For refugees fleeing for their lives, Lowell is city of hope

For refugees fleeing for their lives, Lowell is city of hope

May 11, 2017. From the article: For more than 70 years, survivors of war and genocide have settled in Lowell, bringing with them little more than the hope for a better life. “They open businesses. They’re raising families. And they carry this incredible history with them,” said Robert Forrant, a professor at the University of Massachusetts Lowell. “They don’t wear it on their sleeve. Unless it’s a tattoo number from a concentration camp, it’s not that obvious.”

Vietnamese – Global Boston

Vietnamese - Global Boston

Vietnamese refugees and immigrants have been coming to greater Boston since the end of the Vietnam War and are now the second largest Asian immigrant group in the region. In the wake of the Vietnam War, a thirty-year conflict that killed millions of people and left the country devastated, the US became one of several countries to resettle Southeast Asian refugees. The first to leave were several thousand South Vietnamese military and government officials who departed with US forces in 1975. As a refugee crisis unfolded over the next decade, the US took responsibility for resettlement of roughly a million people who feared persecution under Communist rule. The Boston area was one of the top ten resettlement sites in the country; by the year 2000 more than 30,000 Vietnamese were living in Massachusetts, roughly a third of them in the city of Boston.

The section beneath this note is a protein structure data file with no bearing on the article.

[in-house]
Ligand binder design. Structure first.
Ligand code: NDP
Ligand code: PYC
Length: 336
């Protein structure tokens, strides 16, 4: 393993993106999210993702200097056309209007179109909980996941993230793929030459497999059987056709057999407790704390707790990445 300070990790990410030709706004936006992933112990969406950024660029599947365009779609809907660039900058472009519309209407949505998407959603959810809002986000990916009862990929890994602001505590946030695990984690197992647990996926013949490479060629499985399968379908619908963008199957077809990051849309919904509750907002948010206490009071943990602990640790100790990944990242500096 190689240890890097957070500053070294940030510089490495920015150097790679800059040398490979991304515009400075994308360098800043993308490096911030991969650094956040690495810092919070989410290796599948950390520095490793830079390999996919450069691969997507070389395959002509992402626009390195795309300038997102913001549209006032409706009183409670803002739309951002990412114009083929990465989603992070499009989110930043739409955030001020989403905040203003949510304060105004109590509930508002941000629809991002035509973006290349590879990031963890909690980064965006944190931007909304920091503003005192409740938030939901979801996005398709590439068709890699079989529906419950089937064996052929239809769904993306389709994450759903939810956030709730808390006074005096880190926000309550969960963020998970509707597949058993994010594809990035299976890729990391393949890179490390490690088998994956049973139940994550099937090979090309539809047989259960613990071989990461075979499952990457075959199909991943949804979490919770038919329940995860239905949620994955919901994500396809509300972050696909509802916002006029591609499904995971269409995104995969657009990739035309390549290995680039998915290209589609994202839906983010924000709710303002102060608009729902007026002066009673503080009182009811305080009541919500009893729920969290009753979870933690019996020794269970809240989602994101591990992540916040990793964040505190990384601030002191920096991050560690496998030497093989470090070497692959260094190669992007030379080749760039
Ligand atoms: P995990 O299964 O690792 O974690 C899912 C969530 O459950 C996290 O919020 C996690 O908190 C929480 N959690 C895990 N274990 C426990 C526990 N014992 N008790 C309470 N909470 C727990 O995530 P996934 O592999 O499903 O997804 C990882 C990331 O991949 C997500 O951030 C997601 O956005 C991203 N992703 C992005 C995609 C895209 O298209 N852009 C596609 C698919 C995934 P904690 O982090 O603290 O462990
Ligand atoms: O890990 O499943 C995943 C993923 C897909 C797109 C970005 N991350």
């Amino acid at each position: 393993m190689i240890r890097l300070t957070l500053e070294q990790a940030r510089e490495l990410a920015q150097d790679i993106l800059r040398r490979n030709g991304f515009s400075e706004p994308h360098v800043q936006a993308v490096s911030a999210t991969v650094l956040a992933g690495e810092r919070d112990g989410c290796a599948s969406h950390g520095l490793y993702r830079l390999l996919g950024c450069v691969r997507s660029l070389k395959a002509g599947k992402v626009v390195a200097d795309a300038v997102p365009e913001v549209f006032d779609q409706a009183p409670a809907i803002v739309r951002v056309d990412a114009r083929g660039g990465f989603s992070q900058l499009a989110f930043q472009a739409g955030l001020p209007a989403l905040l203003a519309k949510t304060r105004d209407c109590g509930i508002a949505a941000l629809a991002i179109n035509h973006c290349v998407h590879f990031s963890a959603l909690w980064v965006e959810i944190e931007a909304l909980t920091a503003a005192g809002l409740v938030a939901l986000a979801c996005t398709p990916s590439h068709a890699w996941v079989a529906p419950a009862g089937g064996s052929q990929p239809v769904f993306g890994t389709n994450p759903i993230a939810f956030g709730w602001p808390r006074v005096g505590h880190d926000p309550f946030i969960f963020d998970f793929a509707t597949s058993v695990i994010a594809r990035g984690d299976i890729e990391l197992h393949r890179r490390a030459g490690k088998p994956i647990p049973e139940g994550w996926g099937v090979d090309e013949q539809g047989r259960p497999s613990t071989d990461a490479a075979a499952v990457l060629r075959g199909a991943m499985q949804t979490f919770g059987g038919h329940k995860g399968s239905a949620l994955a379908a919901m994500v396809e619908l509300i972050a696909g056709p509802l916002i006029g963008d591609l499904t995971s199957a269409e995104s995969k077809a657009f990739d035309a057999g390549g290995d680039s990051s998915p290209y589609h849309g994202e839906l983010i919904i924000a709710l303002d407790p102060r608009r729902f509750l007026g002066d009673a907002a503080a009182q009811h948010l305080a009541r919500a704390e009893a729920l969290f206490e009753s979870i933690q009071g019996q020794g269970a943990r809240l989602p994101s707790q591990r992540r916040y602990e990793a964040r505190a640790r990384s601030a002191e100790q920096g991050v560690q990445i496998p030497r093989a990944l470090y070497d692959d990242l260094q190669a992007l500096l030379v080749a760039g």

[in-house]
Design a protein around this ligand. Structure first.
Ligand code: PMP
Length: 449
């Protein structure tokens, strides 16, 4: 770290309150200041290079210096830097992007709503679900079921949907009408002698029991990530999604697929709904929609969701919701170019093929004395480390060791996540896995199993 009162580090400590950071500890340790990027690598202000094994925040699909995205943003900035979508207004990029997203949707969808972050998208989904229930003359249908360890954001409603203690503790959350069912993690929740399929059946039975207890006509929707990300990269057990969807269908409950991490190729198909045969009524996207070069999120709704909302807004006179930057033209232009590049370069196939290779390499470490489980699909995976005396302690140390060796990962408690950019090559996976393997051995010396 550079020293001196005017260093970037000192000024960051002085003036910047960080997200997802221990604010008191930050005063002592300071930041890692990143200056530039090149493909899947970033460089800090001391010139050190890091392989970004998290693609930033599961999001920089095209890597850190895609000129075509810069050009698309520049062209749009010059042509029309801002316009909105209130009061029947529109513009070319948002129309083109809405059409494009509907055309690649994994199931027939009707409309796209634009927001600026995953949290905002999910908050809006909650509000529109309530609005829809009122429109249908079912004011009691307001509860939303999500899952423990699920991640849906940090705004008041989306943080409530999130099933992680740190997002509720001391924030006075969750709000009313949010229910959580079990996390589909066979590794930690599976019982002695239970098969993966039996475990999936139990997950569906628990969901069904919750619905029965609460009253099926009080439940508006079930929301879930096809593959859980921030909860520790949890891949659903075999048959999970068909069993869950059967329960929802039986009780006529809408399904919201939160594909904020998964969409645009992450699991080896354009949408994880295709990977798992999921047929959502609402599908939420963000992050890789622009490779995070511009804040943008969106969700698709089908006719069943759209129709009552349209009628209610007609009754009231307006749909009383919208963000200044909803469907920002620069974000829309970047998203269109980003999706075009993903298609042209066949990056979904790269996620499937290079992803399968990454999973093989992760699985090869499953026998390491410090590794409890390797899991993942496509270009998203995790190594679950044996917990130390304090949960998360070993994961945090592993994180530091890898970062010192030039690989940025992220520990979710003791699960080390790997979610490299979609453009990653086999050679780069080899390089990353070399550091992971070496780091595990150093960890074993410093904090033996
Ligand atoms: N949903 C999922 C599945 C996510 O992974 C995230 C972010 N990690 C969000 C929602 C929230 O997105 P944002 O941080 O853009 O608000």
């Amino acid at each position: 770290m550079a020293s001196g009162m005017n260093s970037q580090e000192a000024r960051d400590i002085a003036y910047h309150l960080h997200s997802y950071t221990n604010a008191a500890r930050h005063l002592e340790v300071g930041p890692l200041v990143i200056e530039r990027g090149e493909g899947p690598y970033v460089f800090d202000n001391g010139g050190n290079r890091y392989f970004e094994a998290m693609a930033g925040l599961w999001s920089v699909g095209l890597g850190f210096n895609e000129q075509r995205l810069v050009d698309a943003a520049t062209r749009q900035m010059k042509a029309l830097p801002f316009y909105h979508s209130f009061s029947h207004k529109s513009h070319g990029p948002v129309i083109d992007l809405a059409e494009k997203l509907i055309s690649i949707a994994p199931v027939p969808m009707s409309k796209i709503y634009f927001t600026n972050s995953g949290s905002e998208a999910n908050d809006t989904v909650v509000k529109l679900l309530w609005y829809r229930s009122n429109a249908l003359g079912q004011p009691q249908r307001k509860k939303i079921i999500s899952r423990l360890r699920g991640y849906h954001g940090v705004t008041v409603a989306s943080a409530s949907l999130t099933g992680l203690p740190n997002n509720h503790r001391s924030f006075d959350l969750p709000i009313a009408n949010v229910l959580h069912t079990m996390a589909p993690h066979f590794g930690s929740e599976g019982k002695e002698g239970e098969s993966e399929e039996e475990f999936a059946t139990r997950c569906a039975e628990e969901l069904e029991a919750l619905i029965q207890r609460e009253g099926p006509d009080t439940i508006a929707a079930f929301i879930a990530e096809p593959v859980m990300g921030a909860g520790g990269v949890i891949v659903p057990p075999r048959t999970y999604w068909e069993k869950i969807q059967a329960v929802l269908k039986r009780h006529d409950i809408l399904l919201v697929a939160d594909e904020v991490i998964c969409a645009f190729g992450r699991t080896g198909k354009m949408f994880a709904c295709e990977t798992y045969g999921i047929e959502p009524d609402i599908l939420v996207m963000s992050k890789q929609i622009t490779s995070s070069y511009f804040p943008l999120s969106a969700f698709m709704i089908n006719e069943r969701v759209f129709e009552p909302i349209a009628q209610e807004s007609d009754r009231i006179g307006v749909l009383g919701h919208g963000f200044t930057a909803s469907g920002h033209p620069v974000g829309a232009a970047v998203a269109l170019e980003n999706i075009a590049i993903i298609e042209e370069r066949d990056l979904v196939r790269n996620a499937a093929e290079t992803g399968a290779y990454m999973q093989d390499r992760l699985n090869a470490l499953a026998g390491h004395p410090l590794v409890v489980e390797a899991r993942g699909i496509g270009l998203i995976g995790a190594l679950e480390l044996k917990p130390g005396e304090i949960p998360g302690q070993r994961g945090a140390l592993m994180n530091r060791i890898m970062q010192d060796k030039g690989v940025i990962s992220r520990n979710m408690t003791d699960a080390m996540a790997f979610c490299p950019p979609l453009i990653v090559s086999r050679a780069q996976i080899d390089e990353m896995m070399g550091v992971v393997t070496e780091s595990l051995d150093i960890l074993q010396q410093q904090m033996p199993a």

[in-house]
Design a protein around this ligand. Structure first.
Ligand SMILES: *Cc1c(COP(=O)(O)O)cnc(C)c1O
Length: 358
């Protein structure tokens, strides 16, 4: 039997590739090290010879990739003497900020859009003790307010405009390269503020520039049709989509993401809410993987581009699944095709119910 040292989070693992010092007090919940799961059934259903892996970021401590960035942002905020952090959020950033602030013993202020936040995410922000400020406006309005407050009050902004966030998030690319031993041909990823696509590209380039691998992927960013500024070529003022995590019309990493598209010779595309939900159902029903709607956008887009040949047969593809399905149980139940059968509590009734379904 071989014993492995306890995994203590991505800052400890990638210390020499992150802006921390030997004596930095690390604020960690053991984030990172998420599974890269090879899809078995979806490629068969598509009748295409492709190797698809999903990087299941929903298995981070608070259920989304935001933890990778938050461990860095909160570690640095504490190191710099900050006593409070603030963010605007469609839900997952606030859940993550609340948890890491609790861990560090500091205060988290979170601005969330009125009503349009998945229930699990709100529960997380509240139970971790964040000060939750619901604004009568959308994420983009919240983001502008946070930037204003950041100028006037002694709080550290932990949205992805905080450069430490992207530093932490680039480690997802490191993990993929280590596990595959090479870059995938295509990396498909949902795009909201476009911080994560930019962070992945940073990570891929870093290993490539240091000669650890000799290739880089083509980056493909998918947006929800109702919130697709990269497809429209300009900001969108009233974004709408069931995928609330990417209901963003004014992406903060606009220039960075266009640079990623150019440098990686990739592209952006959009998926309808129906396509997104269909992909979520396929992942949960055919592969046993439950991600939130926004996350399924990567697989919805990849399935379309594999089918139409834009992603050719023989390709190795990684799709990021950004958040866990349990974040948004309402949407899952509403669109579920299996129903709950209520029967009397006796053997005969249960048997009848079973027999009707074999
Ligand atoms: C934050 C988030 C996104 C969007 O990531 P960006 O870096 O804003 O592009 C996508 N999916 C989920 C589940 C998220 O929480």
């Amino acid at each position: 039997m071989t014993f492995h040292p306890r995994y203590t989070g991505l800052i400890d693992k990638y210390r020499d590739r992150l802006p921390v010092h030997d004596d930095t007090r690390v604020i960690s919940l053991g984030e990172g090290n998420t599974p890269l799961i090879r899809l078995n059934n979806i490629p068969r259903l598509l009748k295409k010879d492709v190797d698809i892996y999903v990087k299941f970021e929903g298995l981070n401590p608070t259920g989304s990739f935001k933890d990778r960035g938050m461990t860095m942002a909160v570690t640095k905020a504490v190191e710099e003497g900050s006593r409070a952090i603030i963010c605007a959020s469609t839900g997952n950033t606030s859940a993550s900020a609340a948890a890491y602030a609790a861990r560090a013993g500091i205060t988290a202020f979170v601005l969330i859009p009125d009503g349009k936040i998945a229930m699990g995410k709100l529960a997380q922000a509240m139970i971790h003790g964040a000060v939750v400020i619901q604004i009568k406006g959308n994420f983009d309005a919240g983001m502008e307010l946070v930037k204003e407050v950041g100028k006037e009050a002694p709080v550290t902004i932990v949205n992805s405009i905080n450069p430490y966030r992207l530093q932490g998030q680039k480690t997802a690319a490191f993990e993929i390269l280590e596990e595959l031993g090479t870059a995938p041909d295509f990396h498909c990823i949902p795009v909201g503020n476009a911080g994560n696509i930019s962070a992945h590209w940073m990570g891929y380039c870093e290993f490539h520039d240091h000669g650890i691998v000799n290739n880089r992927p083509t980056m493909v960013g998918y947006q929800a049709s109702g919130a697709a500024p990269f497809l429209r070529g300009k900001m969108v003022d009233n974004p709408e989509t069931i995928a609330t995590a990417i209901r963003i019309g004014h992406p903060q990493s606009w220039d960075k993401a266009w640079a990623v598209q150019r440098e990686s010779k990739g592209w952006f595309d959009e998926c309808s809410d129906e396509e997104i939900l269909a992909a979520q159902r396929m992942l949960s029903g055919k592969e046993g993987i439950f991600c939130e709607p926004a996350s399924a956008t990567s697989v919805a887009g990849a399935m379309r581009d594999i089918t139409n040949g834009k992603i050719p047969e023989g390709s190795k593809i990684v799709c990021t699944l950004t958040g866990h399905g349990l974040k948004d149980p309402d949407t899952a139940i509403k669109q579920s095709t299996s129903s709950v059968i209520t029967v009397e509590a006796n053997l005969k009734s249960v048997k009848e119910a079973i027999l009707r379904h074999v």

Zoot Suit Riots, 1943

Zoot Suit Riots, 1943

“Zoot Suit Riots, 1943”. The zoot suit was a popular style of dress among nonwhite youths during WWII. With ballooned pants that tapered at the ankle, oversized jackets, and a broad-rimmed hat, zoot suits were a way for these marginalized groups to express autonomy. Mainstream society, however, viewed zoot culture as rebellious. In June of 1943, violence escalated in Los Angeles when white servicemen scoured the city attacking zoot suiters. The targets were predominately Mexican Americans, but African Americans and Filipino Americans were also attacked. For several days, servicemen dragged nonwhite youths into the streets where they beat them and stripped them of their zoot suits. The Zoot Suit Riots lasted for days and sparked racial violence across home front America.